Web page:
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Test Strategy vs Test Plan

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behaviorWhat is a Test Strategy?

This is a set of instructions or protocols that explain the test design and determine how the test should be performed. Test strategy is an arrangement for characterizing the testing approach, and it answers questions like what you need to complete and how you will achieve it. It is a most significant record for any QA group in software testing, and viably composing this report is an ability that each analyzer creates with understanding. Test strategy incorporates targets and extensions, documentation designs, test forms, group customer correspondence systems, and so forth. 

Types of Test Strategies:

  1. Analytical strategy: For instance, risk-based testing and requirements-based testing are two types of testing. After examining the test premise, such as risks or requirements, the testing team sets the testing circumstances to be covered.
  2. Model-based strategy: The testing team selects an actual or anticipated circumstance and constructs a model for it, taking into account inputs, outputs, processes, and possible behavior.
  3. Methodical strategy: In this case, test teams adhere to a quality standard (such as ISO25000), checklists, or just a set of test circumstances. Specific types of testing (such as security) and application domains may have standard checklists.
  4. Standards or process-compliant strategy: This method is well-exemplified by medical systems that adhere to US Food and Drug Administration (FDA) guidelines. The testers follow the methods or recommendations established by the standards committee or a panel of enterprise specialists to determine test conditions, identify test cases, and assemble the testing team.
  5. Reactive strategy: Only when the real program is released are tests devised and implemented. As a result, testing is based on faults discovered in the real system. Consider the following scenario: you’re conducting exploratory testing.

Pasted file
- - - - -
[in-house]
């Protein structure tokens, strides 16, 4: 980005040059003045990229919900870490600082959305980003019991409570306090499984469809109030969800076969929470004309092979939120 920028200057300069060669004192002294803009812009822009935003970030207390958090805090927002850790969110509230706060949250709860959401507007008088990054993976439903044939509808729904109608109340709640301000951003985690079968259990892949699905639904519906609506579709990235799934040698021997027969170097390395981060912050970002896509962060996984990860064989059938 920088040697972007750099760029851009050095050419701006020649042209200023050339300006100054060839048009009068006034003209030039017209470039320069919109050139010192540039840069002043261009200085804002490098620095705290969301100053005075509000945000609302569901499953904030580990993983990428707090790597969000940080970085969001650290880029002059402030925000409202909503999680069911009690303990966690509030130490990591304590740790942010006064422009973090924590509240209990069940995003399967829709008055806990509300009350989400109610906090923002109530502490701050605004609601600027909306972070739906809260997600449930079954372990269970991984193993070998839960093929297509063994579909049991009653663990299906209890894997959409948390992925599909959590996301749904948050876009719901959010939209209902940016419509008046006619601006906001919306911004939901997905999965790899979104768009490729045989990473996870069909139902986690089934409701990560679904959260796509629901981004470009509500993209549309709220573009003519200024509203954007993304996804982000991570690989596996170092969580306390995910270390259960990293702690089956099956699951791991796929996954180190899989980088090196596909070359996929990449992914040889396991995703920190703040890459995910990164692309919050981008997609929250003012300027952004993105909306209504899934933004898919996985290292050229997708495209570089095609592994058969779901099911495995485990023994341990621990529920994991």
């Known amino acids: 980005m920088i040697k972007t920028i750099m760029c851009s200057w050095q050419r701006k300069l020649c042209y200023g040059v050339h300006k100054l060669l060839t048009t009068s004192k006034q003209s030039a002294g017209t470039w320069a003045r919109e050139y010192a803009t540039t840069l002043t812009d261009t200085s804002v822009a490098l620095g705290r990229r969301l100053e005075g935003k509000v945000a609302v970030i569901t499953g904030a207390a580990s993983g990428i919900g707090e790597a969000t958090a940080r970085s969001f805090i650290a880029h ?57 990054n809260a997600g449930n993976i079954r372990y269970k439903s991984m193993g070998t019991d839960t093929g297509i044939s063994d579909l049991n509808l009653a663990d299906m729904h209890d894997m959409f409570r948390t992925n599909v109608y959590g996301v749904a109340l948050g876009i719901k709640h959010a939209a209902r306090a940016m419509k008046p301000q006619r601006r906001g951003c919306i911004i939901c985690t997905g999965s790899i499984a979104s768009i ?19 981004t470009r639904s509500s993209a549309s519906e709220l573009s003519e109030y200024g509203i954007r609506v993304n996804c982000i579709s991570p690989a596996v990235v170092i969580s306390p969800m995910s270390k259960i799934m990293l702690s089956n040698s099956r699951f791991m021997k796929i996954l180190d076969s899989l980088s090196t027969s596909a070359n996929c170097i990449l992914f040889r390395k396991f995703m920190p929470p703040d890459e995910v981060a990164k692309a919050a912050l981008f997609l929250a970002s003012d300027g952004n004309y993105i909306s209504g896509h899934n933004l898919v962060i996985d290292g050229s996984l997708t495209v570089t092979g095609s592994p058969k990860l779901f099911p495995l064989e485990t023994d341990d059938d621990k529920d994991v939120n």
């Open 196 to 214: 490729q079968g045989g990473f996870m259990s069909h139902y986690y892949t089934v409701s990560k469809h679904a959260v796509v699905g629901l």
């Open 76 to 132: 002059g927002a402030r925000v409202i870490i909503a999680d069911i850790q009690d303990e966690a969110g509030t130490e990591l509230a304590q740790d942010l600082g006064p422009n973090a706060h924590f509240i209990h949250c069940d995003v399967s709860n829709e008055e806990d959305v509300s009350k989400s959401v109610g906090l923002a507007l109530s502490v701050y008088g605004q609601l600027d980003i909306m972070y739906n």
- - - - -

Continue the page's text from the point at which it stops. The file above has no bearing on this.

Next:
6. Consultative strategy: In the same way, that user-directed testing uses input from key stakeholders to set the scope of test conditions, this testing technique does as well.
  7. Regression-averse strategy: In this case, the testing procedures are aimed at lowering the risk of regression for both functional and non-functional product aspects. Using the web application as an example, if the program needs to be tested for regression issues, the testing team can design test automation for both common and unusual use cases.

Test Strategy Document:

A test strategy document is a well-described document that is derived from actual business requirements that guide the whole team about the software testing approach and objectives for each activity in the software testing process. 

  • The test strategy document is approved and reviewed by the test team lead, development manager, quality analyst manager, and product manager.
  • The test strategy document specifies the resources, scope, plan, and methodology for different testing activities.
  • It answers all the questions like what needs to get done, how to accomplish it, etc. 

Uses of Test Strategies:

  • For a good software Development process a good test strategy will need to plan.
  • Test strategies will be the specific approach for the software requirement for the desired output.
  • Test strategies improve the testing method the continue to make them more grateful.
  • The main Use of the Test stategies will be useful for the main purpose which is pre-difine main objectives.

What is a Test Plan?